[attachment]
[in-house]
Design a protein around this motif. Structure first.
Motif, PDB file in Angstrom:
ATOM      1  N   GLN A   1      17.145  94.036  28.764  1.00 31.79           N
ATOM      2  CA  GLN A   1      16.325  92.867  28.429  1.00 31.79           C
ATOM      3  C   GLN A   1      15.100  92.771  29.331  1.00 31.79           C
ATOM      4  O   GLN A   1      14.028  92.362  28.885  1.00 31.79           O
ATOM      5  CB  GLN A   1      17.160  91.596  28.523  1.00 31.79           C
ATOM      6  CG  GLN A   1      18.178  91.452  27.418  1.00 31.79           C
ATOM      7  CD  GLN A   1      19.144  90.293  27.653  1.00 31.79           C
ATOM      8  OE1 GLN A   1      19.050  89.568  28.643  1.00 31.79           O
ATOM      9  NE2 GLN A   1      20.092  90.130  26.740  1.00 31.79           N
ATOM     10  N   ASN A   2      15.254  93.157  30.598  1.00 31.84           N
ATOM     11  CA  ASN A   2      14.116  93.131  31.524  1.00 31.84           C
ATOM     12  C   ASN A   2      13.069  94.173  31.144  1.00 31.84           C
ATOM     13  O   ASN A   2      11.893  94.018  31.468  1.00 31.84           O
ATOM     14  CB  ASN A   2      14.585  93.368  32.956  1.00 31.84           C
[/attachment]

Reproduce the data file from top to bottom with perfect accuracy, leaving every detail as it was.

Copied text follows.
[in-house]
Design a protein around this motif. Structure first.
Motif, PDB file in Angstrom:
ATOM      1  N   GLN A   1      17.145  94.036  28.764  1.00 31.79           N
ATOM      2  CA  GLN A   1      16.325  92.867  28.429  1.00 31.79           C
ATOM      3  C   GLN A   1      15.100  92.771  29.331  1.00 31.79           C
ATOM      4  O   GLN A   1      14.028  92.362  28.885  1.00 31.79           O
ATOM      5  CB  GLN A   1      17.160  91.596  28.523  1.00 31.79           C
ATOM      6  CG  GLN A   1      18.178  91.452  27.418  1.00 31.79           C
ATOM      7  CD  GLN A   1      19.144  90.293  27.653  1.00 31.79           C
ATOM      8  OE1 GLN A   1      19.050  89.568  28.643  1.00 31.79           O
ATOM      9  NE2 GLN A   1      20.092  90.130  26.740  1.00 31.79           N
ATOM     10  N   ASN A   2      15.254  93.157  30.598  1.00 31.84           N
ATOM     11  CA  ASN A   2      14.116  93.131  31.524  1.00 31.84           C
ATOM     12  C   ASN A   2      13.069  94.173  31.144  1.00 31.84           C
ATOM     13  O   ASN A   2      11.893  94.018  31.468  1.00 31.84           O
ATOM     14  CB  ASN A   2      14.585  93.368  32.956  1.00 31.84           C